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First Zimbabwe Runoff Results Could Come Saturday

Zimbabwean electoral officials say the first results from Friday's presidential runoff poll are expected to emerge Saturday.

Vote counting continued through the night, as the United States and Britain again denounced the election as a sham and moved to bring new pressure on the government of President Robert Mugabe.

British Prime Minister Gordon Brown said the run-off was a "new low" for Zimbabwe and said the world is "uniting" in rejecting what he called Mr. Mugabe's illegitimate regime.

U.S. Secretary of State Condoleezza Rice said the United States is drafting a U.N. resolution meant to send a "strong message of deterrence" to Zimbabwean officials. The resolution could be introduced in the U.N. Security Council as early as Monday.

Late on Friday, the Security Council said conditions for a free and fair vote did not exist in Zimbabwe, but stopped short of calling the runoff illegitimate as some members wanted.

Mr. Mugabe is virtually assured of victory because he was the lone candidate following the withdrawal of opposition leader Morgan Tsvangirai earlier this week. Mr. Tsvangirai says violence against his supporters made the election impossible.

Zimbabwe's state-run Herald newspaper says there was "massive turnout" on Friday, although officials have not released any numbers. Witnesses say turnout was generally low, following a call for a boycott from Mr. Tsvangirai.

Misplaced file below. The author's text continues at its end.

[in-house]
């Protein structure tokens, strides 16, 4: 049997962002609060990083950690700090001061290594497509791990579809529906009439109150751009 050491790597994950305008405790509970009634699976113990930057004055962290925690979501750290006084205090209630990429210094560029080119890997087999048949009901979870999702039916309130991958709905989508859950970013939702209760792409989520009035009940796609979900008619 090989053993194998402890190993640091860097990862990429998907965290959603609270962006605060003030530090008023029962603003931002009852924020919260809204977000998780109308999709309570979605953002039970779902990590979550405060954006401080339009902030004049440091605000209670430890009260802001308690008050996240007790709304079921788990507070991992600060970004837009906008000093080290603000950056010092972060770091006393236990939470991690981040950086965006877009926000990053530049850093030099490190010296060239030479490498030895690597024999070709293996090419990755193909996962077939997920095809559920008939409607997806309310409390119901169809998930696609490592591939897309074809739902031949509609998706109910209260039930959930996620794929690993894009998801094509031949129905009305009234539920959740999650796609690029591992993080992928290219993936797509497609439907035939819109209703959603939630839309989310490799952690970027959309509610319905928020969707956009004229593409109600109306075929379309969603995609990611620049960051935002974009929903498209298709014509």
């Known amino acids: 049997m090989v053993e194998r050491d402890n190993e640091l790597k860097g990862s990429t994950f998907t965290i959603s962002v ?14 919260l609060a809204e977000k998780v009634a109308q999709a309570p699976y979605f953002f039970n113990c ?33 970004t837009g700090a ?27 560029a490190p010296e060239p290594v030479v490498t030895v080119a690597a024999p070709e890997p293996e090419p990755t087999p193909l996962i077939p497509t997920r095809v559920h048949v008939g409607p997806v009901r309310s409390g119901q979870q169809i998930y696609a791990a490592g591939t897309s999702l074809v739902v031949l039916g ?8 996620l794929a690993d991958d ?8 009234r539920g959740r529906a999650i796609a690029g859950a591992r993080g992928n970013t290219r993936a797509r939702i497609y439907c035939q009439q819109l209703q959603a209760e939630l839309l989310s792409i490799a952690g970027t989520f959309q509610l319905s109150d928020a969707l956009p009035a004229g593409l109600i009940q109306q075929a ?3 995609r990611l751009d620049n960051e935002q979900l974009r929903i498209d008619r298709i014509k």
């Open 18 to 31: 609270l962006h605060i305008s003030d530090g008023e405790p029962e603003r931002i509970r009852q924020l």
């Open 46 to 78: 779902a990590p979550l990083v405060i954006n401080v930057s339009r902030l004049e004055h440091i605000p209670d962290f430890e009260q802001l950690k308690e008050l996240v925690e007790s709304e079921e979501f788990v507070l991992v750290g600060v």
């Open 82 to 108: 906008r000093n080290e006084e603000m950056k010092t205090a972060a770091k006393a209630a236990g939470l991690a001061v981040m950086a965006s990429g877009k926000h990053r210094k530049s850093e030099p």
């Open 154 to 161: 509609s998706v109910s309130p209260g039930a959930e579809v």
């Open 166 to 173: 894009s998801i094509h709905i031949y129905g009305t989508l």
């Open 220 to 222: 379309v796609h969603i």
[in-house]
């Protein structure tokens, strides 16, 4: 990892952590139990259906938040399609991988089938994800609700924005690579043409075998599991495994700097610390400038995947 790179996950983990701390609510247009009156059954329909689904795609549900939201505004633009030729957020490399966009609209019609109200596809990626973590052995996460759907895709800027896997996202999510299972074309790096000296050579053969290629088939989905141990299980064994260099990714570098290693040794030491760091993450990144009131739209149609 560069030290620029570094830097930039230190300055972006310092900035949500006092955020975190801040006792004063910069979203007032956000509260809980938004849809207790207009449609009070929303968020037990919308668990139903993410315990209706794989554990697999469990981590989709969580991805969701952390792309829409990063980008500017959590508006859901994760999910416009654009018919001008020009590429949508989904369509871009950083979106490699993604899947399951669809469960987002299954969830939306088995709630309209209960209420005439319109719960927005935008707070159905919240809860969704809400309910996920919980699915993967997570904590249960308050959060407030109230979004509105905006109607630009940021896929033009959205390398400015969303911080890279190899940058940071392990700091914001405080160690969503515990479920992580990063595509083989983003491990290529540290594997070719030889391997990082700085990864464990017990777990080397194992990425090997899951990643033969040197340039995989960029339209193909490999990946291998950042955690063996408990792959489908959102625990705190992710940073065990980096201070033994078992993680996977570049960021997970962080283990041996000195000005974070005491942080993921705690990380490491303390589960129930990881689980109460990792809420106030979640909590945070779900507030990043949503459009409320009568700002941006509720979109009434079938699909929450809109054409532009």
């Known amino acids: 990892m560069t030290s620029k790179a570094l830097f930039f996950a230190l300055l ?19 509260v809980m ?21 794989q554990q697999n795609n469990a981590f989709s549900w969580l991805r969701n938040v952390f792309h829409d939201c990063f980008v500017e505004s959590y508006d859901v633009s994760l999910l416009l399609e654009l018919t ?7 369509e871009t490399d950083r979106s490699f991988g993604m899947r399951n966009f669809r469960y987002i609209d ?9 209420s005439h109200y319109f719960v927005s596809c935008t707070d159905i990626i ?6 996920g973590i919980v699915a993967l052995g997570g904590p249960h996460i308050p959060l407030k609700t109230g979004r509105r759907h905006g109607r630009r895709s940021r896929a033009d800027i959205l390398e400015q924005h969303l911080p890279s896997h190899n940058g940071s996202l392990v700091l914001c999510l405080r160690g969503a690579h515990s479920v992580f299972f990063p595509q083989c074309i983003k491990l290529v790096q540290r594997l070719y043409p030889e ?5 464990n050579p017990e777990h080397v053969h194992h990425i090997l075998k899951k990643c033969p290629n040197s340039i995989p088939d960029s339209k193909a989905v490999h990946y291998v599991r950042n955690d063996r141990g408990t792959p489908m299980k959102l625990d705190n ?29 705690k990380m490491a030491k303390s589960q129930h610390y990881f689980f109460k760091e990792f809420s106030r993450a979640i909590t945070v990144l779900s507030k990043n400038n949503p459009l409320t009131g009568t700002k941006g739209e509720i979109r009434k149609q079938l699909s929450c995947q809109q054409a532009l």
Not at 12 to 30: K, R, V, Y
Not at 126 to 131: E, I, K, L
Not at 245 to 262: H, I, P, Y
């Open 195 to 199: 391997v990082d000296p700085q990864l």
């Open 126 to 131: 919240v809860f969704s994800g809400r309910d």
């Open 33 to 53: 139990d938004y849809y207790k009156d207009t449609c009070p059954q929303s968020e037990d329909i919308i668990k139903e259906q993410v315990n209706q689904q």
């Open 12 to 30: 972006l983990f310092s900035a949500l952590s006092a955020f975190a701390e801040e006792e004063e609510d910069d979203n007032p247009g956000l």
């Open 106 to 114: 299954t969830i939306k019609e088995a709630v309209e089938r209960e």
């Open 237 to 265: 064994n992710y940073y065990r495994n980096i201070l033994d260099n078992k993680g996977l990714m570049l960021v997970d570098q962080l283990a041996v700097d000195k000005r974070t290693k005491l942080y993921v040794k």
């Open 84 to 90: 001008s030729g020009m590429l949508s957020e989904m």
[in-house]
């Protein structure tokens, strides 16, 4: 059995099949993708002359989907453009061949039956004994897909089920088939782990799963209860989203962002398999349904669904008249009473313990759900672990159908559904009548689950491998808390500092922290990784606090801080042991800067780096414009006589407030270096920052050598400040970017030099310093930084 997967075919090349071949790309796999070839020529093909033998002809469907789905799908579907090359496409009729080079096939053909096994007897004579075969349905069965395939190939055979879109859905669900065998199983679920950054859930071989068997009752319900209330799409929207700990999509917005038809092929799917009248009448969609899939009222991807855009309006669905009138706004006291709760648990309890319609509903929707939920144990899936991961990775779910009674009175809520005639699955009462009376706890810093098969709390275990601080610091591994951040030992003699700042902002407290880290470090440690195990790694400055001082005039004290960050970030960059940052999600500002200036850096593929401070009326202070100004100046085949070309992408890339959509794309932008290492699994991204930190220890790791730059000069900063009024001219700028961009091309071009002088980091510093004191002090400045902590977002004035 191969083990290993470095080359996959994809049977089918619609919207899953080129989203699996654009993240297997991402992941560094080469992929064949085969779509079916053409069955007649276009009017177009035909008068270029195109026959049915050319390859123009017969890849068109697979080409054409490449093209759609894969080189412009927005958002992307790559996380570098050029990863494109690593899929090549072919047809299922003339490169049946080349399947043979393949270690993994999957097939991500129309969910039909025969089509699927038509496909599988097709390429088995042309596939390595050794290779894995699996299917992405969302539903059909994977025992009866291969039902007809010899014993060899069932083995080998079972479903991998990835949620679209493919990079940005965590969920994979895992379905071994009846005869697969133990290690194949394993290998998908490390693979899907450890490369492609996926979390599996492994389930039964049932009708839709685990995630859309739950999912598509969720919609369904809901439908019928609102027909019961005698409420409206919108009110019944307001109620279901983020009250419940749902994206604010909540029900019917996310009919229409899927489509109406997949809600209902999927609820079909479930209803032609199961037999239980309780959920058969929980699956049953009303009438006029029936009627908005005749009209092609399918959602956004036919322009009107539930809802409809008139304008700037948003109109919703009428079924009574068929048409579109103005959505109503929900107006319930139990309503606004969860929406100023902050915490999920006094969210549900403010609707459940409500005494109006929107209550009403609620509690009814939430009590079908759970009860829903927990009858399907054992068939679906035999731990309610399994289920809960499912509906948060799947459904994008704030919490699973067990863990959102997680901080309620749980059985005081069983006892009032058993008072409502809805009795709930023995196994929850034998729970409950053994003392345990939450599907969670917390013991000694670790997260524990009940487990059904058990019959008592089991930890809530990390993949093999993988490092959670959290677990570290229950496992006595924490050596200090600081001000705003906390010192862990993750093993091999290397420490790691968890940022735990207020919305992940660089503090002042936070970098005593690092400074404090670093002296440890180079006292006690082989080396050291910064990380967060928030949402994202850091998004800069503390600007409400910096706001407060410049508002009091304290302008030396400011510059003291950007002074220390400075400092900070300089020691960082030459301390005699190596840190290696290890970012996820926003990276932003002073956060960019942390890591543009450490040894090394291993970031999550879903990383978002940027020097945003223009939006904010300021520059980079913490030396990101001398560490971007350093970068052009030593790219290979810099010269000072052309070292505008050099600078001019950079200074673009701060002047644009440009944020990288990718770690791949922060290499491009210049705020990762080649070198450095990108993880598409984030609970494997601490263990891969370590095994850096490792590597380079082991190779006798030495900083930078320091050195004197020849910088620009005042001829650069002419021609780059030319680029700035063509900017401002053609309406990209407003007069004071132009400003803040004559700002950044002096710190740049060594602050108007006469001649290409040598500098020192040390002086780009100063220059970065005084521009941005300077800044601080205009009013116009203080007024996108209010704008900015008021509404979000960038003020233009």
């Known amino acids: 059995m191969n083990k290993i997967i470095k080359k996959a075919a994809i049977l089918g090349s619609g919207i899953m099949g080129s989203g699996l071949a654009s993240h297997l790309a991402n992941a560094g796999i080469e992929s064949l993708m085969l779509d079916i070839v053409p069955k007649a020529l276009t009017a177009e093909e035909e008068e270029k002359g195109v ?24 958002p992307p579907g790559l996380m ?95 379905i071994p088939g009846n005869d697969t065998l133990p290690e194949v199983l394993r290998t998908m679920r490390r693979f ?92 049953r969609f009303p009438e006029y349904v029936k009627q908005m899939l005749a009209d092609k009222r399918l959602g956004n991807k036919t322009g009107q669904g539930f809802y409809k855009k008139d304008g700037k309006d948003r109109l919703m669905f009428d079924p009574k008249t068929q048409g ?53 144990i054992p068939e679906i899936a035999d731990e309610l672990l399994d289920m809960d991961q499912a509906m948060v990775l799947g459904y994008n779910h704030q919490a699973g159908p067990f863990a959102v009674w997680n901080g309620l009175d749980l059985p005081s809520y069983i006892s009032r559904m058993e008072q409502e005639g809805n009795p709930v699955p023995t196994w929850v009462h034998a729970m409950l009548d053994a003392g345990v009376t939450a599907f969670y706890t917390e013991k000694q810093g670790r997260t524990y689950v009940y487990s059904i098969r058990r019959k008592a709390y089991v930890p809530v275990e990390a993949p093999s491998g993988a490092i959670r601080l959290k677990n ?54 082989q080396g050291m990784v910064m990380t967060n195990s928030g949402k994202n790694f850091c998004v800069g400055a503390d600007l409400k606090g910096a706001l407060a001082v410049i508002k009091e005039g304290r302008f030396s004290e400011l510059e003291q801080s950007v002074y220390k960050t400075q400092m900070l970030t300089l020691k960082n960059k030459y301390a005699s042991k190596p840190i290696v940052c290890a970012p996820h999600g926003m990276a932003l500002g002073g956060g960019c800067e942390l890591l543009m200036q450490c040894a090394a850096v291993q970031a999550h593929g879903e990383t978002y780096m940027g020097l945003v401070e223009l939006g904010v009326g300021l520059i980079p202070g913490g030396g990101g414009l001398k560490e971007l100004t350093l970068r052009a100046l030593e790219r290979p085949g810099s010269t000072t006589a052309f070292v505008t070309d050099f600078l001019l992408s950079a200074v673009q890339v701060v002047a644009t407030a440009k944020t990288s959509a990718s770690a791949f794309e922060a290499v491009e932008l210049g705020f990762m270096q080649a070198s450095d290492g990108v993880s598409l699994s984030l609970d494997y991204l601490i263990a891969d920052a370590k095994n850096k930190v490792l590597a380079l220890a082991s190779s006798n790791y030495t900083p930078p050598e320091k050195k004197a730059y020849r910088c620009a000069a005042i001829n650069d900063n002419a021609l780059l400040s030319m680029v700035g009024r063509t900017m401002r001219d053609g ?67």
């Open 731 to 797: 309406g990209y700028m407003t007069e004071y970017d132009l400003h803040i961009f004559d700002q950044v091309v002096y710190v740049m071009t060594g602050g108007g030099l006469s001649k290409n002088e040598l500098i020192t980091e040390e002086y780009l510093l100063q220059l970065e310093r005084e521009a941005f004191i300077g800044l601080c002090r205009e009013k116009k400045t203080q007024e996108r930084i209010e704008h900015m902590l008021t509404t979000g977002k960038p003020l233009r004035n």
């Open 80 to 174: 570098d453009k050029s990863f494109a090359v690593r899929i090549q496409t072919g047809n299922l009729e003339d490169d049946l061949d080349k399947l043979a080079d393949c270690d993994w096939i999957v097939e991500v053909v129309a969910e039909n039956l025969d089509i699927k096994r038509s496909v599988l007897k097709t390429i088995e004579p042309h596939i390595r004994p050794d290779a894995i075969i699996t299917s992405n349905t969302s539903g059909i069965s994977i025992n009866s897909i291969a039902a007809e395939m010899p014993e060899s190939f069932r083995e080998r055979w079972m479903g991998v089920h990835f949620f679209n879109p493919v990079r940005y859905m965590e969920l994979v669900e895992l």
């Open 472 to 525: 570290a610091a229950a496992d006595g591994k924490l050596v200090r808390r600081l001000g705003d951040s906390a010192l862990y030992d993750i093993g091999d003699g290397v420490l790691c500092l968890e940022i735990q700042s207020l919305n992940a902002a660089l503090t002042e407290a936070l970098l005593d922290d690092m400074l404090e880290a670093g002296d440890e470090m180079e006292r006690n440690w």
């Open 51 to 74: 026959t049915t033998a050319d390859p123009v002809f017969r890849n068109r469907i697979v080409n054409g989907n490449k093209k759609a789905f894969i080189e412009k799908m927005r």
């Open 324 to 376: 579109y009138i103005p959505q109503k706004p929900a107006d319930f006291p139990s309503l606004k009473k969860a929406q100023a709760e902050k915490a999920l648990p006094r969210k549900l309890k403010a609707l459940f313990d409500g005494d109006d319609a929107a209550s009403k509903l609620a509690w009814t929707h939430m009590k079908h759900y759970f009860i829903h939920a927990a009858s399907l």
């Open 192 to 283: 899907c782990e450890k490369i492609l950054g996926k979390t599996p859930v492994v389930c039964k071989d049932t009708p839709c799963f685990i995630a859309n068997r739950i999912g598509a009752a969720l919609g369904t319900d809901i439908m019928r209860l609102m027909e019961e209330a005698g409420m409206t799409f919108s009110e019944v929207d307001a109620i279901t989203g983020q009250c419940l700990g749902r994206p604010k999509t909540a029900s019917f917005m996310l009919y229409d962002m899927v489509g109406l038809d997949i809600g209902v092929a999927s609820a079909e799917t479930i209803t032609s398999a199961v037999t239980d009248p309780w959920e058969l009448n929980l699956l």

Observers say that in some areas, ruling party militia forced people to vote by threatening them with bodily harm.

Despite the U.S. and British calls for more pressure on Mr. Mugabe, African foreign ministers meeting in Egypt say they oppose more sanctions against his government. The ministers say dialogue between Mr. Mugabe and the opposition is more likely to resolve the crisis.

The United States, Britain, and European Union have an array of travel and financial sanctions against President Mugabe and more than 100 of his associations for alleged human rights violations.

Mr. Mugabe has ruled Zimbabwe since the country won independence from Britain in 1980. He lost the first round presidential election to Tsvangirai on March 29. However, official results showed Tsvangirai falling just short of the majority needed to avoid a runoff.

Some information for this report was provided by AFP, AP and Reuters.